Andusia Recovered Fuels
Steve Burton and Stewart Brackenbury decided to start Andusia Recovered Fuels after identifying the potential that exporting household and commercial waste could have in February 2012. Both of the founders had worked in the waste-recycling sector for a number of years. “My business partner Stewart Brackenbury had a business recycling cardboard and plastic waste and I was a waste-recycling consultant. We noticed a gap in the market and looked to exploit a brand new sector,” explains Steve Burton, Co Managing Director and Co Founder at Andusia Recovered Fuels. “The idea of exporting waste first came to me when I was talking to a customer with a load of waste, as the business I was working for was unable to dispose of it other than to landfill.”
The 2012 Annual Waste Exhibition gave the pair the opportunity to explore the idea further. The innovative duo got speaking to various logistics providers about the brand new concept to export waste to Combined Heat and Power plants, to be converted into heat and energy. “We got talking to a major Norwegian Energy Plant that had previously done some research into the market, but hadn’t managed to find the waste materials needed. It isn’t as simple as emptying bins,” says Steve. Together they identified a gap in the market to export refuse derived fuel to Northern Europe and Scandinavia. Here in the UK most of the waste simply goes to landfill or recycling plants, but in Northern Europe and Scandinavia it is incinerated and converted into energy. Steve and Stewart decided it was time to start exporting the UK’s household waste.
Since inception the company has grown from strength to strength into the waste industry’s number one independent exporter. In its first year of trading, the company exported 13,000 tonnes of refuse derived fuel, placing it as the UK’s 13th largest exporter. Today the company is the UK’s largest independent exporter to Norway and Sweden and the second largest exporter to Germany. Exporting currently accounts for 100 per cent of the company’s business.
“When we first started Andusia we had no idea how successful it would become. In 2012 the UK shipped 100,000 tonnes of waste. In 2016 exports of waste material from the UK amounted to about 3,500,000 tonnes. As one of the first companies in the sector we consider ourselves to be at the forefront of the growth that is happening across the market today. We are the only waste management business that focuses solely on refuse derived fuels. Our competitors are much bigger, but they also work in other areas, for example household bin emptying and street sweeping,“ explains Steve. “Concentrating on one area puts us ahead of the competition.”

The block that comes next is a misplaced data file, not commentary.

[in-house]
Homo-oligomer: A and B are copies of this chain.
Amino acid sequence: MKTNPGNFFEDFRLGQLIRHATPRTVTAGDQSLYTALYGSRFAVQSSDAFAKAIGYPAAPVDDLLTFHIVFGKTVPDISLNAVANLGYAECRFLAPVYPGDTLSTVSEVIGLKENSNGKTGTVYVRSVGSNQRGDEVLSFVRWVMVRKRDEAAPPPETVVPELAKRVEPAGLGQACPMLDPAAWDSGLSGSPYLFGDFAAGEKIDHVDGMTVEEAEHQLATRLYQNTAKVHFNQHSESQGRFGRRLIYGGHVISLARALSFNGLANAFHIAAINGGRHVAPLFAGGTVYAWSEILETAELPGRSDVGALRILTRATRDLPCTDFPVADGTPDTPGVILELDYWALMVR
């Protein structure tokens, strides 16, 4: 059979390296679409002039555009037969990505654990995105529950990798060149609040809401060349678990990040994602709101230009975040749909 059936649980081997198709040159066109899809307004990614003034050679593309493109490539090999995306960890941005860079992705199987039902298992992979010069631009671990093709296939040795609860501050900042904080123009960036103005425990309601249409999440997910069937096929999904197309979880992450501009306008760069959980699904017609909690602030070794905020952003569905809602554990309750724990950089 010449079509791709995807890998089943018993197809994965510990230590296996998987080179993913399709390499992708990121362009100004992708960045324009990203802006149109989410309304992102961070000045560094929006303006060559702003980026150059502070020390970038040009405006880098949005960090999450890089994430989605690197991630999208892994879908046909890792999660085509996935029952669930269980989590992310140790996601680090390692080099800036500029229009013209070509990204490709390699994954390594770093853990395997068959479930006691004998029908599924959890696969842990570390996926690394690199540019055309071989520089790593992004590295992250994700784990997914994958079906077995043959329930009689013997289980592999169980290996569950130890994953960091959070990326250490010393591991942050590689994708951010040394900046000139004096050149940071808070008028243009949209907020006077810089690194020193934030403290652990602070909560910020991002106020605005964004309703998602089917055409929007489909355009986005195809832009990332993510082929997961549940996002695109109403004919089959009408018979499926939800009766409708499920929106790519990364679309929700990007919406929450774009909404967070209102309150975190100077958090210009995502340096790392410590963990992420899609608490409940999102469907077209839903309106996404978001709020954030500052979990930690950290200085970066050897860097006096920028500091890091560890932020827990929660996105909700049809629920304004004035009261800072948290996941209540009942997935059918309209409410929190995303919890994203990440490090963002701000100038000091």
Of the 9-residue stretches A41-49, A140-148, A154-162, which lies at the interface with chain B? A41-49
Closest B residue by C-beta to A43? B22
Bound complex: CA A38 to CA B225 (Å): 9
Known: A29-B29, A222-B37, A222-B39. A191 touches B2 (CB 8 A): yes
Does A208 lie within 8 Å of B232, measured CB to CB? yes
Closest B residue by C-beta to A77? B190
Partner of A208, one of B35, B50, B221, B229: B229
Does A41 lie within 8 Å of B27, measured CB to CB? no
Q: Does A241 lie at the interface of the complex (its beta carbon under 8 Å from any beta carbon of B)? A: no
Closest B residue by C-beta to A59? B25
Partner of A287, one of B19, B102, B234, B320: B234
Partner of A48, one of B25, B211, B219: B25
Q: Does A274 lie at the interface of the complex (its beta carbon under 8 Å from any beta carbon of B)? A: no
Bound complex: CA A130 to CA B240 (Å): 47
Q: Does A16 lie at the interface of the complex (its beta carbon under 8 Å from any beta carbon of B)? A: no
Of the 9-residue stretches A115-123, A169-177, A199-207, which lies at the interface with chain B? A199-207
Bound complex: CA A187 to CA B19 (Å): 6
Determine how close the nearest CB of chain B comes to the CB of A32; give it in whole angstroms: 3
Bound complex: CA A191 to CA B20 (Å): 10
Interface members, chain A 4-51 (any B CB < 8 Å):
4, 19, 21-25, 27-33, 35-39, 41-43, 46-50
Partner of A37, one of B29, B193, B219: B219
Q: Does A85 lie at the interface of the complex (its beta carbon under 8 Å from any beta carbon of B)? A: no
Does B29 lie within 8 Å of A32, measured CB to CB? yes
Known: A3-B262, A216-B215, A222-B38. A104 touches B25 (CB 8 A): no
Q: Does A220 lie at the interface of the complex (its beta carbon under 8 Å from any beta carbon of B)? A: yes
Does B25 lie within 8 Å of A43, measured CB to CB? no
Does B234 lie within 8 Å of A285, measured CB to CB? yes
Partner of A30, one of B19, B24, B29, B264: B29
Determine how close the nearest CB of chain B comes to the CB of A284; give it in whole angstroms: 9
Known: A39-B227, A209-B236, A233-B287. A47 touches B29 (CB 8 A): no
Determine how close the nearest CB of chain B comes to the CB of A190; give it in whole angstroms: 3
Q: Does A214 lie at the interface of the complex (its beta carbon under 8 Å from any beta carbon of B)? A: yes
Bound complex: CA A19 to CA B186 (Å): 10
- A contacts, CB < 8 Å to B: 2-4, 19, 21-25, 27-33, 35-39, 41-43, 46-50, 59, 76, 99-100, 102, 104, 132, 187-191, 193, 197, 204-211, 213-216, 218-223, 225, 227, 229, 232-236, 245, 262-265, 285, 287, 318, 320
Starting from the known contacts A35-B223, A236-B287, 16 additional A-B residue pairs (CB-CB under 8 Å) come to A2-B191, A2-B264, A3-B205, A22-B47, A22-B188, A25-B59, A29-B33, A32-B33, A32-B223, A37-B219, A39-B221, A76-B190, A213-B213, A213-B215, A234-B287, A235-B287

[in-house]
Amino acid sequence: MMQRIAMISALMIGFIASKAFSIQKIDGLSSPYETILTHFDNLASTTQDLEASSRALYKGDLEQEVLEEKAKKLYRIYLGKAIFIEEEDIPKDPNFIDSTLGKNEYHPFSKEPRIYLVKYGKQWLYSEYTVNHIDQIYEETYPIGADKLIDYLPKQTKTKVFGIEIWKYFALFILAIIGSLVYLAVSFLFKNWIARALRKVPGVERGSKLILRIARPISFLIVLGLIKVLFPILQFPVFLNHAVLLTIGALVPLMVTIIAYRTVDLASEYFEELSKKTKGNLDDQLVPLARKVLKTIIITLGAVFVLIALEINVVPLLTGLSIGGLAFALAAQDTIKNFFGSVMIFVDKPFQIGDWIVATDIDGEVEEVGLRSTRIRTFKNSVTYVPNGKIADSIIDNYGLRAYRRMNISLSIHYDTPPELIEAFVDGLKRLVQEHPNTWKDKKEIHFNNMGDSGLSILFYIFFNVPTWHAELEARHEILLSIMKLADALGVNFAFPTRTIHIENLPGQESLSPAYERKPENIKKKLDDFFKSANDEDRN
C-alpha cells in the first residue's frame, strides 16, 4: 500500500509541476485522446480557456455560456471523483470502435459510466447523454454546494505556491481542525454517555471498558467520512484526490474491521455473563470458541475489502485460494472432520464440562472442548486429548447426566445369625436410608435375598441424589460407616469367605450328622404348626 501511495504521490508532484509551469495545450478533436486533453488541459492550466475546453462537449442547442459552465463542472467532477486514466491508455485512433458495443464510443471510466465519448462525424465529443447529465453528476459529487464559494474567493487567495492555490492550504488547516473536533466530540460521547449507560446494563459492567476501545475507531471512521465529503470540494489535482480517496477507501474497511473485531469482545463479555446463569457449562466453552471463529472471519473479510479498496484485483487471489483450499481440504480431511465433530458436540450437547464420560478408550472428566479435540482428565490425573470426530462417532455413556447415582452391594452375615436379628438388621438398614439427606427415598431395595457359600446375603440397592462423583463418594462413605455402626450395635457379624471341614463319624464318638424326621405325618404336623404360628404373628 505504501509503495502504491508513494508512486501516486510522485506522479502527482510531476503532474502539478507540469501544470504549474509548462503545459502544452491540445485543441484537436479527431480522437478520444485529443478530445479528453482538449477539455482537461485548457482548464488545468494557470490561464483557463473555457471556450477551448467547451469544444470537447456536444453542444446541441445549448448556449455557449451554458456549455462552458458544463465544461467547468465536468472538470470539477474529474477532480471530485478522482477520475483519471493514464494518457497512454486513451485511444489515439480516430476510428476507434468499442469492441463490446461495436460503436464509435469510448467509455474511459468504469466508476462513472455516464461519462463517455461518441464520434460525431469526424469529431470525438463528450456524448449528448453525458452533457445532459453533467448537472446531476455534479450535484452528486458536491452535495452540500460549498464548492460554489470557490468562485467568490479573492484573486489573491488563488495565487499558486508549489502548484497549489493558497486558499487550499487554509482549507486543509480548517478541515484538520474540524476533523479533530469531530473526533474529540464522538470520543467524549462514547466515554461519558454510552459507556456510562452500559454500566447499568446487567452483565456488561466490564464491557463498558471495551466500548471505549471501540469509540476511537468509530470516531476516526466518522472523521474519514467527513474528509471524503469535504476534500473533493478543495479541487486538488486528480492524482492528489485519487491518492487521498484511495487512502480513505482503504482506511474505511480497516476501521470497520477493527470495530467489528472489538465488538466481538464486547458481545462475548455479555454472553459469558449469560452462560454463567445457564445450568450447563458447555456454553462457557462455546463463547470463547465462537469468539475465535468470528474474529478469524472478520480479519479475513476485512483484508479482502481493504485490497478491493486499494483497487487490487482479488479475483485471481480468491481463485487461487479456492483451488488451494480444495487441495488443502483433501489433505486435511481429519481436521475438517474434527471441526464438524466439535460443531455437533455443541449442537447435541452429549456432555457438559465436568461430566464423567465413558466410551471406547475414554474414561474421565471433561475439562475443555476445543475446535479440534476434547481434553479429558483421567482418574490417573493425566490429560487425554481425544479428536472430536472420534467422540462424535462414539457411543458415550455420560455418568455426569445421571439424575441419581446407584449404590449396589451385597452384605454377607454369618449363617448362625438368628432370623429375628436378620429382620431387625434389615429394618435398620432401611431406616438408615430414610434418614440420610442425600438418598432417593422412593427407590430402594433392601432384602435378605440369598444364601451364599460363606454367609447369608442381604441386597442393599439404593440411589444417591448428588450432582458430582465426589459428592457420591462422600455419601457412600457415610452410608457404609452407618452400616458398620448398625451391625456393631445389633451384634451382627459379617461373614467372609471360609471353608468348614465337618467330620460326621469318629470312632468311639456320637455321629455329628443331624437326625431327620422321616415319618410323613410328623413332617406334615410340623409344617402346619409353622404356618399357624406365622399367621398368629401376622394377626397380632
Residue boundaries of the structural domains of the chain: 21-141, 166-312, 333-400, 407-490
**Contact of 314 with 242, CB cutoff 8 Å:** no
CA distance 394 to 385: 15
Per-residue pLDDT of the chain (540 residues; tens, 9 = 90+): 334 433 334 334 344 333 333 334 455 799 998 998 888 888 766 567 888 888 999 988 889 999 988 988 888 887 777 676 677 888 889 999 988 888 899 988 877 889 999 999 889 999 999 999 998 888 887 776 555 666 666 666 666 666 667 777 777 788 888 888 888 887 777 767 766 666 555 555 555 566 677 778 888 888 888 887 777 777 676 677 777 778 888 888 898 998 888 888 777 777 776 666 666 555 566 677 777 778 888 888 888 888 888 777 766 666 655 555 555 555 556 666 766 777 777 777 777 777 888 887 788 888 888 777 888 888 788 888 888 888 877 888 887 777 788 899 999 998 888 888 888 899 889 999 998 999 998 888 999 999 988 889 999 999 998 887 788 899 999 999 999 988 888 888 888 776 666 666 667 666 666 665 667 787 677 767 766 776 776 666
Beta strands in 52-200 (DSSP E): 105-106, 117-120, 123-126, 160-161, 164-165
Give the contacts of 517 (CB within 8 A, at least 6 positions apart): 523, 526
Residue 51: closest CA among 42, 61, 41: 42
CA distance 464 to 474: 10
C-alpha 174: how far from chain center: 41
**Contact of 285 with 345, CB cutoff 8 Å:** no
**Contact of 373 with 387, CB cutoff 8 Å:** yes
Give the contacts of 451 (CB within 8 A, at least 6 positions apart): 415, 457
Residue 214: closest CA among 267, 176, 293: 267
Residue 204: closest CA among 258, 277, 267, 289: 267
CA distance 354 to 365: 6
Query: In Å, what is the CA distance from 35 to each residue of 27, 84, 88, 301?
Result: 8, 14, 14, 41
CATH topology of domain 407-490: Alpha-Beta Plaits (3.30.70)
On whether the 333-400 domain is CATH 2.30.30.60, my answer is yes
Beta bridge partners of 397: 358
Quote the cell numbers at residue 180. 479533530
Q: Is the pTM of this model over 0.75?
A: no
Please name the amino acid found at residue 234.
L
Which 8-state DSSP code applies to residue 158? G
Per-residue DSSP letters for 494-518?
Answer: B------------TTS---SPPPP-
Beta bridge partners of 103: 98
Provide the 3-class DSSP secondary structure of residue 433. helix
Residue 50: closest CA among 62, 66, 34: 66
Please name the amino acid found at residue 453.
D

“We never thought that we would receive such high acclaimed attention in such a short space of time,” adds Steve. The company was ranked among Britain’s top small and medium sized businesses by the Sunday Times and Lloyds SME Export Track 100 for fastest-growing international sales in 2016. It secured its place, growing its annual turnover to £17.4 million at an increase of 35 per cent in the last two years. This was the third Sunday Times Award for Audusia Recovered Fuels and the recognition for pioneering; sourcing, specifying and distributing refuse derived fuels doesn’t end there.
Also in 2016 the company won the Queen’s Award for Enterprise, an industry first for the waste recycling sector. Steve and Stewart were invited to Buckingham Palace to meet the Queen and other members of The Royal Family. “Gaining credibility in the waste recycling sector is really important to us. The sector gets a lot of bad press in terms of recycling issues and fly tipping. Waste is of course a negative value product and people have to pay to dispose of it. We want to show that there are professional people in the waste sector. We are the first in the sector to win a Queen’s Award, which we believe adds credibility to the whole industry, not just to our company. The experience was a huge positive for us. We have developed strong growth and have shown that we are a profit making company,” says Steve.
What was a first in 2012 has within five years exploded across the waste sector. Today there are a total of 40 companies in the UK exporting waste for refuse derived fuels. Steve predicts that the affects of the competition will result in mass consolidation across the UK export market. “The market will merge over the next five years to 15 to 20 exporters, forming much bigger companies as they pick up more of the contracts. Currently export is 100 per cent of what we do, but I see this side of the business becoming 25 per cent of what we do,” explains Steve. “We are involved in the early stages of incineration projects here in the UK, it won’t be long before the trend catches on.”
Rubbish isn’t seen as a problem anymore, it’s seen as a resource thanks to Audusia Recovered Fuels. “If the export waste industry didn’t exist nobody would have got their heads around refuse derived fuel. We work with regional waste management companies up and down the country. These suppliers collect the waste, take out the heavy materials and leave us with anything that is combustible. What we do has a positive and environmental impact. I think it’s what people should be doing with combustibles,” concludes Steve.
Andusia Recovered Fuels
Services: Collects Refuse Derived Fuels (RDF) from UK waste management companies and delivers it to Combined Heat and Power (CHP) plants across Northern Europe and Scandinavia